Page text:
Published October 2, 2012 - 9:20am
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It’s finally here.
It wasn’t easy over the weekend for Georgia or South Carolina, but the SEC East’s two highest-ranked teams remained unbeaten to set up Saturday’s battle royale in Columbia, a game that has large implications every season in the race for the Eastern Division title.
This matchup has all the trappings indicative of midseason games that mean something in the SEC — a prolific offense against a great defense, two All-American candidates for both teams on opposite sides of the ball and College GameDay lifting the hype meter.
Let’s take a look at both teams before breaking down this game’s importance later this week:
RECENT HISTORY: Considered the East’s second-best rivalry in recent years after Georgia-Florida, the Gamecocks have beaten the Bulldogs back-to-back years after Georgia won six of the previous seven head-to-head matchups. South Carolina junior running back Marcus Lattimore is averaging 179 yards per game career against Georgia. Over the last decade, seven games in this series have been decided by a touchdown or less.
OFFENSE: Remember Isaiah Crowell, the SEC’s freshman of the year last season? He’s long forgotten in Athens due to a pair of dominant freshman running backs who have been tearing up defenses this season for the Bulldogs. Comically titled “Gurshall”, the tandem of Todd Gurley and Keith Marshall have obliterated the competition in their first five college games, rushing for a combined 964 yards and 14 touchdowns. Thunder and Lightning wouldn’t accurately describe these two since both possess tremendous speed and power. Gurley’s a little bigger at 6-foot-1, 220 pounds, but that doesn’t limit his breakaway ability. We haven’t even mentioned Aaron Murray, a prolific pocket passer with 12 touchdowns this season. Georgia has scored 40 more points in every game this season, averaging an SEC-best 48.2 points per contest.
On offense, it all starts with Lattimore for South Carolina. Simply put, the Gamecocks win when Lattimore rushes for more than 100 yards. Currently, Connor Shaw is the SEC’s most accurate quarterback with a 78.1 completion percentage and makes plays on the move when South Carolina needs a first down. Shaw’s 35 for his last 39 for 397 yards and four touchdowns. The Gamecocks have scored 30 or more in four straight games for the first time since 1987, but are still searching for their identity with an offense that occasionally struggles with consistency, especially in goal line situations. When the Gamecocks needed it most, though, the offense moved the football and scored touchdowns on four straight possessions at Kentucky to run away from the Wildcats.
Edge – Georgia
DEFENSE: Any way you crack it, Georgia’s star-studded unit has simply under-performed this season and reached its low point against Tennessee over the weekend. In that game, the Vols scored 20 unanswered points in the second quarter
to lead at halftime and finished with nearly 500 yards of total offense, exposing a rush-challenged front seven. It was difficult to notice the return of Bacarri Rambo and Alec Ogletree to the UGA defense since the Bulldogs were gashed at the line of scrimmage to the tune of 197 yards rushing and missed several sure tackles on the outside. Georgia did however force three turnovers in the final six minutes that clinched the win and sent 92,000-strong home happy.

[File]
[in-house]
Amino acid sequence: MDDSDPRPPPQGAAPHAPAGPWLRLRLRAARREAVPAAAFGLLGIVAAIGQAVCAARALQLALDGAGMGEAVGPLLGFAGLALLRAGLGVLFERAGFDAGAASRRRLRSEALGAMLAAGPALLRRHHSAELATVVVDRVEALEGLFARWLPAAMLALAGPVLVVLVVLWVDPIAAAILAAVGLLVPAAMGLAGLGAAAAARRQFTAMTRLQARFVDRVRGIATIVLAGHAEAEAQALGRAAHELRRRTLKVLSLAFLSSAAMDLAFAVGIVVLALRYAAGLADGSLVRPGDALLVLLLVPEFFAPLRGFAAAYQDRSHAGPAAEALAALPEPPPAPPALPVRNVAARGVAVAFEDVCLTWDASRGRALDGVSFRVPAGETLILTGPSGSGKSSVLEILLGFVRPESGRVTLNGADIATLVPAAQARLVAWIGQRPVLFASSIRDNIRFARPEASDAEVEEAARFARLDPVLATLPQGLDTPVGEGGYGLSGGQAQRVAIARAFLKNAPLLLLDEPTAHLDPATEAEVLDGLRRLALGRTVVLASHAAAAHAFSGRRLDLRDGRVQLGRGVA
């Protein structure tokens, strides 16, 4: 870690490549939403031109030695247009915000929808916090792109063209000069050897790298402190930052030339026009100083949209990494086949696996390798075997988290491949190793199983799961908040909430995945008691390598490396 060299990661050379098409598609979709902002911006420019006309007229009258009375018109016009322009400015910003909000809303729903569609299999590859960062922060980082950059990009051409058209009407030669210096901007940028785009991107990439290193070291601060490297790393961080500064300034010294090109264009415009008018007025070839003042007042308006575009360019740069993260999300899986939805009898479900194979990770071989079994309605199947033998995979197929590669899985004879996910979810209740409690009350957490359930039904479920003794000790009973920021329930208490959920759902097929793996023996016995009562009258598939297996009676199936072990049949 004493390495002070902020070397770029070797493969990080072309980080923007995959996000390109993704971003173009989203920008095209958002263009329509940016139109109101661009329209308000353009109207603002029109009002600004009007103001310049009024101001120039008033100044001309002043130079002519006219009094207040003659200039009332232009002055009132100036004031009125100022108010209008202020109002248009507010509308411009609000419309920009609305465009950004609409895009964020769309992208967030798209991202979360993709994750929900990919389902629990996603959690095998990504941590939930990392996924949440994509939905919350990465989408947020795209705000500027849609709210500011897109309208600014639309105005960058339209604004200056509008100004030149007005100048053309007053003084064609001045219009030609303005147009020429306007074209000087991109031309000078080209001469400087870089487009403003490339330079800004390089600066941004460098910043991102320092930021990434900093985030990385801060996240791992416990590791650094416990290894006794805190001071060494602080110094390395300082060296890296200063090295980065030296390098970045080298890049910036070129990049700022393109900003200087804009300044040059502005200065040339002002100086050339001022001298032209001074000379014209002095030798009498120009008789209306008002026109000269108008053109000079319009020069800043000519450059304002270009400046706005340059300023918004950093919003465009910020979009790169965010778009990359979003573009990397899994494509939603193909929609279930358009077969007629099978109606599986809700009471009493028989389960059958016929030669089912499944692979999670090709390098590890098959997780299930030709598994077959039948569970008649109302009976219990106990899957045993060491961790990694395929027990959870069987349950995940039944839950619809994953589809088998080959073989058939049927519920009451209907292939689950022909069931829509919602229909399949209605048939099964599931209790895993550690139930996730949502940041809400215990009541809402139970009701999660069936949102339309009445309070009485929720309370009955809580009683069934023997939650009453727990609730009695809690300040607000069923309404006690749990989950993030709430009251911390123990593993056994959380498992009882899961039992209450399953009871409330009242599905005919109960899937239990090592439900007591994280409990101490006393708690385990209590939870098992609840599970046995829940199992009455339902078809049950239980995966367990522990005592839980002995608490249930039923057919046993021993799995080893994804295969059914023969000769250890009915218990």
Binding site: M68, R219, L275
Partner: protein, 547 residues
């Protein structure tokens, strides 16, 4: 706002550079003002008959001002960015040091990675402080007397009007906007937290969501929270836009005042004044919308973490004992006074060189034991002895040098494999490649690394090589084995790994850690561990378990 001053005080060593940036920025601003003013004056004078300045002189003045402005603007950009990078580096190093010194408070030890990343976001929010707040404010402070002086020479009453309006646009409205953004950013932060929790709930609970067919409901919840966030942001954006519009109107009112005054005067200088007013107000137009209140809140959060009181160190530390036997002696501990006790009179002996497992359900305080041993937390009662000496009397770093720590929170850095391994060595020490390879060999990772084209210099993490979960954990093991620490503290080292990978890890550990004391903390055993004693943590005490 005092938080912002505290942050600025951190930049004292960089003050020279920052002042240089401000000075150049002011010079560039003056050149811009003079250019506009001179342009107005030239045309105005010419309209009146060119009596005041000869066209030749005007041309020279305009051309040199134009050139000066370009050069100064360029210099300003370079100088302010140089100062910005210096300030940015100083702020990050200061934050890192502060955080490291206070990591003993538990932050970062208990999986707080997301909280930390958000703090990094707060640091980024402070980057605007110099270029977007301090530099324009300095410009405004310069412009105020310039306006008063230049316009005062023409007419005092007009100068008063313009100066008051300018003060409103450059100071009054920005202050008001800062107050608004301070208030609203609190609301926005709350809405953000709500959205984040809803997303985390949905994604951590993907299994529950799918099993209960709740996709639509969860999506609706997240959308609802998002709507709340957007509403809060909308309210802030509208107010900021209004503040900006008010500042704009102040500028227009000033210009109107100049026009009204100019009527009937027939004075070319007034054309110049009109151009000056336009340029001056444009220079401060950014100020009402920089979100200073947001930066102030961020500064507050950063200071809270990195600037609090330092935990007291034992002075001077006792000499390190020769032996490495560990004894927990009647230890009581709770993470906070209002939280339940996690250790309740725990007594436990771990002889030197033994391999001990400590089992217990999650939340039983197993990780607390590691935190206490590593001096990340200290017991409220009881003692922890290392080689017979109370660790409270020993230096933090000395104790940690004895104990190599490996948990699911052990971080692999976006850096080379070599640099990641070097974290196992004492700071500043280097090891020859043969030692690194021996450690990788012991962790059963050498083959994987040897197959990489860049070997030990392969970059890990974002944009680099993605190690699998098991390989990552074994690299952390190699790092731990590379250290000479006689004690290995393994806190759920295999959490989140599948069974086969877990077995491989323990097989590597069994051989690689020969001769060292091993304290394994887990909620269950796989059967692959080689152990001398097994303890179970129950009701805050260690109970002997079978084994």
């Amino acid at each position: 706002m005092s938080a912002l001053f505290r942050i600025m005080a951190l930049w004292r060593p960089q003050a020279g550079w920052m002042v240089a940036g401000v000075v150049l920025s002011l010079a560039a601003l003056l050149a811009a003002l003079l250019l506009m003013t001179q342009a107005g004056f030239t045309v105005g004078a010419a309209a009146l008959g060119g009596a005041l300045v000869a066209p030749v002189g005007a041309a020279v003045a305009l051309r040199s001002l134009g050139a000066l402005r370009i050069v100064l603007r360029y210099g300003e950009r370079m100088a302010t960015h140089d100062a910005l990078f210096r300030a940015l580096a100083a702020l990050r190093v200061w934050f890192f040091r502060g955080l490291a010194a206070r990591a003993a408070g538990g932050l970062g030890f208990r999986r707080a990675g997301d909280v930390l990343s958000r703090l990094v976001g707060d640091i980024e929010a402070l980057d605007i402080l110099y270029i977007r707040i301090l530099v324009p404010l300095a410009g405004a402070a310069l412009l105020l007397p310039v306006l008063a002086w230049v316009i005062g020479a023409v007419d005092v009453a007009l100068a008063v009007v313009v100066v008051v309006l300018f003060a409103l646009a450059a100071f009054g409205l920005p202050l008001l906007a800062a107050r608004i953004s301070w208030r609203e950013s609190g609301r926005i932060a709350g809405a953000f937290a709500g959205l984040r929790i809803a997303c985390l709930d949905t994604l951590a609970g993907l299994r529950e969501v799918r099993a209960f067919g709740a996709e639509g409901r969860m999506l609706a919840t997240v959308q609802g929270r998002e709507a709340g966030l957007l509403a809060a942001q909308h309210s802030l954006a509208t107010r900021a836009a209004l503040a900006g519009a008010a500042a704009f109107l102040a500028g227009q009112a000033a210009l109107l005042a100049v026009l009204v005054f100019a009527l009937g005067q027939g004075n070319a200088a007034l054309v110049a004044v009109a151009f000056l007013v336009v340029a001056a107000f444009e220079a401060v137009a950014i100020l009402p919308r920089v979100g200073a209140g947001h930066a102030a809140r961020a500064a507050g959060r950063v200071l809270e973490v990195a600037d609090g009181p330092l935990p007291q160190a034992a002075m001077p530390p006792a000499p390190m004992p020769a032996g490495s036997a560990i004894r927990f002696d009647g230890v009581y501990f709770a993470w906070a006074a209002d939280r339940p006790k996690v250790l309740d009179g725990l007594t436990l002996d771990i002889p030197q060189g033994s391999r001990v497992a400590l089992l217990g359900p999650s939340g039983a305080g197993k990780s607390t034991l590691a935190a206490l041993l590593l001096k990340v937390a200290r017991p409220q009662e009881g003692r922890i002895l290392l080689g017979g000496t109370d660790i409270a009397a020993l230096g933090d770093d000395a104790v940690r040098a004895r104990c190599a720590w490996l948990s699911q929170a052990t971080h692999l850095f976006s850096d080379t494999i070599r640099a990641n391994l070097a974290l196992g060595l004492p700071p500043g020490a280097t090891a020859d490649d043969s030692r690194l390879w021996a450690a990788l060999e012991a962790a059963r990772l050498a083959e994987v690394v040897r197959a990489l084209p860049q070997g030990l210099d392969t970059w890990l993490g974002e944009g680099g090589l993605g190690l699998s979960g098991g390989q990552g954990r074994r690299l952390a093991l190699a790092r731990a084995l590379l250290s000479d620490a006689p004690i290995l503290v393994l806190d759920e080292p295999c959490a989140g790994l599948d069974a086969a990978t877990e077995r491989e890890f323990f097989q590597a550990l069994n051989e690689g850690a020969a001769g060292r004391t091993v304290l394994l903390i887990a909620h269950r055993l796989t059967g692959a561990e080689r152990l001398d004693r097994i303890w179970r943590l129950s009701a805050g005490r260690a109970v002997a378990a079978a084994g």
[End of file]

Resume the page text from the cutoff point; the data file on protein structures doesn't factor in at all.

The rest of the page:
Considered among the best in the country prior to the season, South Carolina’s defensive line has proved its worth through five games. The Gamecocks rank second in all of college football with 22 sacks and 13th in total defense at 288 yards per game. South Carolina has given up five touchdowns all season, tied with Alabama for the best mark in the SEC. In the second half of last week’s game at Kentucky, the Gamecocks held the Wildcats to four first downs and didn’t allow a point after trailing by 10 points in the second quarter. South Carolina’s rush defense is the SEC’s best at 77.6 yards per game. Jadeveon Clowney is this unit’s Heisman candidate should South Carolina continue winning.
Edge – South Carolina
SPECIAL TEAMS: Both Georgia and South Carolina rank near the bottom of the FBS ranks in net punting, coming in at Nos. 105 and 112, respectively. Bulldogs kicker Marshall Morgan has made 4-of-5 field goals this season and 27-of-30 extra points. South Carolina’s Adam Yates has nailed 3-of-4 field goals and hasn’t tried one longer than 38 yards. When the Gamecocks have the ball in Georgia territory, Steve Spurrier will likely go for it.
Ace Sanders and Bruce Ellington are two weapons in the return game for South Carolina, speedy wide receivers that also play on special teams. Sanders has one career punt return touchdown, but made his presence felt this season against Missouri with a game-changing 48-yard return inside the Tiger 5. Ellington countered with a 50-yard kickoff return just before halftime that set up an eventual touchdown pass from Shaw to Sanders two plays later. Only 15 of the Gamecocks’ 33 kickoffs have gone for touchbacks and the punting game has been dreadful this season. South Carolina has only returned three kickoffs, but averages 27 yards per return.
Edge – Even.